Rethinking the skin

One of the last things Chris Bangle designed at BMW before he retired was the car you see above. It was a concept for a modular vehicle with a flexible skin that would literally change shape based on what you were using the car for. It’s trunk could change size and shape, and it could hunker down aerodynamically when it was time to go fast.

While obviously just a thought experiment, the flexible skin has me thinking about how to surface the Streetliner. Up to now, I’ve been planning to use foam and fiberglass to create the outer aerodynamic shell. However, looking at this concept and also remembering some fabric-shelled velomobiles I’ve seen online, the idea of using a more flexible material as an outer shell has a lot of appeal.

Firstly, it would greatly simplify construction. Since I’m not actually intending to mass-produce this vehicle, there’d be little point in investing the time or expense in creating a mold for a fiberglass body. Then there’s the added complexity of creating all the mounting points that join that body to the underlying chassis. Then there’s the added hassle of fabricating all the access panels and such needed to access key mechanicals under the body. I shouldn’t have to take the whole nose apart just to top off the radiator, for example. Furthermore, creating a fiberglass shell of adequate thickness so as to be good and sturdy would mean adding a not insignificant amount of weight to the vehicle.

Instead, if I were to build a series of essentially ribs over top of the chassis and safety cage, I could wrap the body in some sort of flexible skin. There are a number of durable thermoplastics I could use that would be resistant to weather, stones, bugs an the like out on the road, yet also be heat shrinkable and easy to patch and paint. Hell, you could use model airplane covering. The cloth-style covering is durable, paintable and very lightweight. Access panels could actually be pre-fabricated in framing, rather than having to be cut out of a hard shell. If designed correctly, the whole look would have a great antique aircraft look to it — like dope shrunk canvas over wooden ribs, spars and bulkheads.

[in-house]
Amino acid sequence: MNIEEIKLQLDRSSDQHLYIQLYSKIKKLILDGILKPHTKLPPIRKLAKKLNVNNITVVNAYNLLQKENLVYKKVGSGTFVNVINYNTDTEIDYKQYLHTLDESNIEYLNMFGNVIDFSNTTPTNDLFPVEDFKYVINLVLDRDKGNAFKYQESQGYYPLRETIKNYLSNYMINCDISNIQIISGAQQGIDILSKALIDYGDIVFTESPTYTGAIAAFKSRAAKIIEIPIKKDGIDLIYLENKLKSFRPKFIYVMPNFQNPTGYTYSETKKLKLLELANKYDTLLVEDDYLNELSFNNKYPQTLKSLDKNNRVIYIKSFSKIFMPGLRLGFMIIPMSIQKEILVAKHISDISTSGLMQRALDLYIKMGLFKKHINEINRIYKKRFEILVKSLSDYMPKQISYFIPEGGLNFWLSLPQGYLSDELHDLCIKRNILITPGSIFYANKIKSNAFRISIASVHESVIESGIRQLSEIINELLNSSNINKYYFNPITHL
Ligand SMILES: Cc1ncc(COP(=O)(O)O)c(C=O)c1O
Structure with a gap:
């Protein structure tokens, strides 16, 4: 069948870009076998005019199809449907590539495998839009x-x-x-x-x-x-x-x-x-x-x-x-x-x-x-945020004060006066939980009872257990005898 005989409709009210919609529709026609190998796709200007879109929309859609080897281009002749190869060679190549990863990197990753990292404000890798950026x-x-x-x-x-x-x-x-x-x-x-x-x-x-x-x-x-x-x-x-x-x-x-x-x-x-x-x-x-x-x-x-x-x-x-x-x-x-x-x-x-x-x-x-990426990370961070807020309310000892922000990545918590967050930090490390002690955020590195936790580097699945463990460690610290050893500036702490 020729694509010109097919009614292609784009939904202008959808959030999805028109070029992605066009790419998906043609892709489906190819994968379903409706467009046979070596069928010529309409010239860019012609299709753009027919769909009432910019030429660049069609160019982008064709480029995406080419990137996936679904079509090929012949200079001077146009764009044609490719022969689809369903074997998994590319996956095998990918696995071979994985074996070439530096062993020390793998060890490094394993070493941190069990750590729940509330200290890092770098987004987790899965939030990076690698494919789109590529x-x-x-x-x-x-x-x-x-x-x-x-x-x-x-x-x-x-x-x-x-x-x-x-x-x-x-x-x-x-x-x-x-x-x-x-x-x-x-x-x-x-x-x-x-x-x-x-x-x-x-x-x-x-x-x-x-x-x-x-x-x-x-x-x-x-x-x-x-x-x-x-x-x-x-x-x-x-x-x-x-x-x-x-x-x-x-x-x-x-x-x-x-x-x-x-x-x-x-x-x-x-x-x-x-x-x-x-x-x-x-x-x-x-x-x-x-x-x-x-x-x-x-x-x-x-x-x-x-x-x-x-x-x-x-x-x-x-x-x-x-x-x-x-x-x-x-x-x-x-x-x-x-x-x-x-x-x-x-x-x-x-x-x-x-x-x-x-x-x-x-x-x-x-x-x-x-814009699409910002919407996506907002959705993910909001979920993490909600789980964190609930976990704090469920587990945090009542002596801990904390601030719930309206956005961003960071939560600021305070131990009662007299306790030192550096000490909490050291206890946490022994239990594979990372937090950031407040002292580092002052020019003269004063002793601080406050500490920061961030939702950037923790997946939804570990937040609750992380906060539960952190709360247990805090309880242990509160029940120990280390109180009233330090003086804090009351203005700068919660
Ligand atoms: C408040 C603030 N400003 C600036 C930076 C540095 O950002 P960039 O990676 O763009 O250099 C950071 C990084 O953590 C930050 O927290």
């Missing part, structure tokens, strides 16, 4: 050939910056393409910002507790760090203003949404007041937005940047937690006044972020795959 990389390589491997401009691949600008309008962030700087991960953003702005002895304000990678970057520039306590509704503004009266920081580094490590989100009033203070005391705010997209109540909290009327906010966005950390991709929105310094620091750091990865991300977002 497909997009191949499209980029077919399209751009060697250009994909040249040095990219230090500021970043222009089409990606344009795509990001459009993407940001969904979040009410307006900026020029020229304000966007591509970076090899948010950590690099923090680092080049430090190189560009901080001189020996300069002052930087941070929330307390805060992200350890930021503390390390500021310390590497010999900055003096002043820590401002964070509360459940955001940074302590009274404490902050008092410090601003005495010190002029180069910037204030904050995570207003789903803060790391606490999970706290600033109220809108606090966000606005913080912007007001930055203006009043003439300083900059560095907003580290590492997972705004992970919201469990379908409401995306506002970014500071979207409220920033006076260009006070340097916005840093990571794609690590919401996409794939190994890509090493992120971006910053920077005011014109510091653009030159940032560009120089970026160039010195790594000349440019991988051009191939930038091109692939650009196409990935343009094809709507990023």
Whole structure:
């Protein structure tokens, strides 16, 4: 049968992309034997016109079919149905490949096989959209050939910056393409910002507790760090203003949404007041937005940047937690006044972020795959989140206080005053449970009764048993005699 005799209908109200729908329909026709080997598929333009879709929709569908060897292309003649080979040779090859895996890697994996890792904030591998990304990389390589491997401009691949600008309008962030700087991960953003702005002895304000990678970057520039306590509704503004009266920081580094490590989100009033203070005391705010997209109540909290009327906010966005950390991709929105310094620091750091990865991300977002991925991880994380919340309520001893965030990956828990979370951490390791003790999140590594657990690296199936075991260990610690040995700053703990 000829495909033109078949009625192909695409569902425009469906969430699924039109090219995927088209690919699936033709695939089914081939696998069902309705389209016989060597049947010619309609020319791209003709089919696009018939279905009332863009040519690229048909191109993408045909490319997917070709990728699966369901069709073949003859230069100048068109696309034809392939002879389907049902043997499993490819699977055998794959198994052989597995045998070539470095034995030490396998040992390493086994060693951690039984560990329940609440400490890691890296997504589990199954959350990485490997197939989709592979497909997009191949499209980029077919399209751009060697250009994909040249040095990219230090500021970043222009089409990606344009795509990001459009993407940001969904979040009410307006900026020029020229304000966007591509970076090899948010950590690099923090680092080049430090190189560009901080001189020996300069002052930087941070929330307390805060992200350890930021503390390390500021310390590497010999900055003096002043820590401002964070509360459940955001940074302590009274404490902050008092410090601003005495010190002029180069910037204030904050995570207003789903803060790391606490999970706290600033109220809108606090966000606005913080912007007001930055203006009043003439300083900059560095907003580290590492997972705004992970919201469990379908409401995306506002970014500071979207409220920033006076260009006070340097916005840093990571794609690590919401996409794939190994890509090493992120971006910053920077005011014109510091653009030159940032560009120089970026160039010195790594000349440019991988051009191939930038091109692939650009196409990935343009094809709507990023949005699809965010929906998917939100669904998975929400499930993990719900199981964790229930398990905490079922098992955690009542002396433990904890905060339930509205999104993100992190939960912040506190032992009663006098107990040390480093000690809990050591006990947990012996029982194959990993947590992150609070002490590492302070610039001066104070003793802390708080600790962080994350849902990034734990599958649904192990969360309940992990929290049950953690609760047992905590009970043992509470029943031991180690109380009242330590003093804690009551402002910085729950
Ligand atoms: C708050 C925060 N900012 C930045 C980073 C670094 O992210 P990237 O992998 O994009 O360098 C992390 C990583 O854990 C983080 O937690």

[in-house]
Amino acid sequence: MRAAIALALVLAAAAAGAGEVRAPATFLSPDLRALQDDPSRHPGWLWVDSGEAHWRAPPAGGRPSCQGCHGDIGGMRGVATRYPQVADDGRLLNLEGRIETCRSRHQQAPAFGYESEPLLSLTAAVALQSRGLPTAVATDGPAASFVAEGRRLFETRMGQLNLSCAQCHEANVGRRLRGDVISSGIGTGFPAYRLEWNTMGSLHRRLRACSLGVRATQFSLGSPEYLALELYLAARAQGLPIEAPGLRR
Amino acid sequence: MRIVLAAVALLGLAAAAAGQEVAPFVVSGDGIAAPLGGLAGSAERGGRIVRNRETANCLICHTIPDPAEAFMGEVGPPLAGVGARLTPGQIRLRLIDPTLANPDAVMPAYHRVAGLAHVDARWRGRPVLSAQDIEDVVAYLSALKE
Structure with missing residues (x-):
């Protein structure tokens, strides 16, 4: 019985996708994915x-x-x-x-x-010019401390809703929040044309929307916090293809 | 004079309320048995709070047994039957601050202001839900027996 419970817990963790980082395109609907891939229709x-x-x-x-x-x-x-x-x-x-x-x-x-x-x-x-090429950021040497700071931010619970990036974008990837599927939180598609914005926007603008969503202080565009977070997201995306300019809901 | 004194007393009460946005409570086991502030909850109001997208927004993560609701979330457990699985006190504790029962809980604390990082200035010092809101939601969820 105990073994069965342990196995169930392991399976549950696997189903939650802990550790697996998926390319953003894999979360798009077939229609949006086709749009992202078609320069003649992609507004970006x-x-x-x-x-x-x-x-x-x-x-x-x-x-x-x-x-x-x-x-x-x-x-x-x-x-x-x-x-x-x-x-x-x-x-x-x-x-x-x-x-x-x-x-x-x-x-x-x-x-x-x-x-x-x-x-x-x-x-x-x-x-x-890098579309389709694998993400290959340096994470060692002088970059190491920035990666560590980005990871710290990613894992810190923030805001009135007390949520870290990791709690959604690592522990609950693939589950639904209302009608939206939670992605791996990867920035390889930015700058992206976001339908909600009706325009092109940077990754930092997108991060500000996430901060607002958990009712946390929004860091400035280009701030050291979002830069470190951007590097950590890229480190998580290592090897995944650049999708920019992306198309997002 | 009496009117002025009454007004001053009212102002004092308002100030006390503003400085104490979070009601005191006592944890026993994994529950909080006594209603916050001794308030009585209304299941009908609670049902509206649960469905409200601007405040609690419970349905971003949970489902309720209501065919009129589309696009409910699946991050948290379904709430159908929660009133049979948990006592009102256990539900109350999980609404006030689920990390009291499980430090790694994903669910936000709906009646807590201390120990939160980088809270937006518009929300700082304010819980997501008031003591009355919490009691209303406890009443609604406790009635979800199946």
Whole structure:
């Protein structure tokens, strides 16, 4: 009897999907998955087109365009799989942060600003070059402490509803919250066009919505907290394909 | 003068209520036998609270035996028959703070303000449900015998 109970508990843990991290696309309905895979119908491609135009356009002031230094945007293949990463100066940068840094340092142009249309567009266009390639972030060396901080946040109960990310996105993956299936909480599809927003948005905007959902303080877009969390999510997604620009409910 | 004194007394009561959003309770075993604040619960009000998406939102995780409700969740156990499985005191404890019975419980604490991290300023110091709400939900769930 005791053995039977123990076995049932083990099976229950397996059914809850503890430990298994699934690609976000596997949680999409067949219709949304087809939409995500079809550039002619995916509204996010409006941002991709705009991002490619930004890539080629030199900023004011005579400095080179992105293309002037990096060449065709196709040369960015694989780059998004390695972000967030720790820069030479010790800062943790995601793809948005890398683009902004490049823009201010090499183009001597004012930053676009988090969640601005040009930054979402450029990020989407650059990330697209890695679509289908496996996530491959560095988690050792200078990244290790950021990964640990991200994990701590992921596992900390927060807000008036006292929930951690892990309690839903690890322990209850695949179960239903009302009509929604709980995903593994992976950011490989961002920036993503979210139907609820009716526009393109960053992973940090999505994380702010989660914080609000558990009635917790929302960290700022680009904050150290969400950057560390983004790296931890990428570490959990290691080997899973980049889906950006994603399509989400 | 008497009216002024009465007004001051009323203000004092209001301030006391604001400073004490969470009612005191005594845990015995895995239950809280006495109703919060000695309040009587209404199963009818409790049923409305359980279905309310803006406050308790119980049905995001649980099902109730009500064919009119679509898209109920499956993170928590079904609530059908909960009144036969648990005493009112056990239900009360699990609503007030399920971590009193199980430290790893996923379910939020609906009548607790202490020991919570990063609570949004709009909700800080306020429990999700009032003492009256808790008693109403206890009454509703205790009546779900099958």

Fundamentally, air doesn’t really care what a shape is made from. It just needs something to push against. Furthermore, an imperfect shape can still be very aerodynamic if it’s smooth enough. Further still, every pound of weight shed from the Streetliner is a pound I don’t have to push through the oncoming air. Additionally, I anticipate that building in this method would cost less, take less time, require fewer specialized tools and actually give me a much greater amount of flexibility to change the body shape as needed. Even the wheel pants could be made using this method — likely lessening unsprung weight and greatly simplifying installation. Anybody out there know of other examples of a flexible vehicle skin?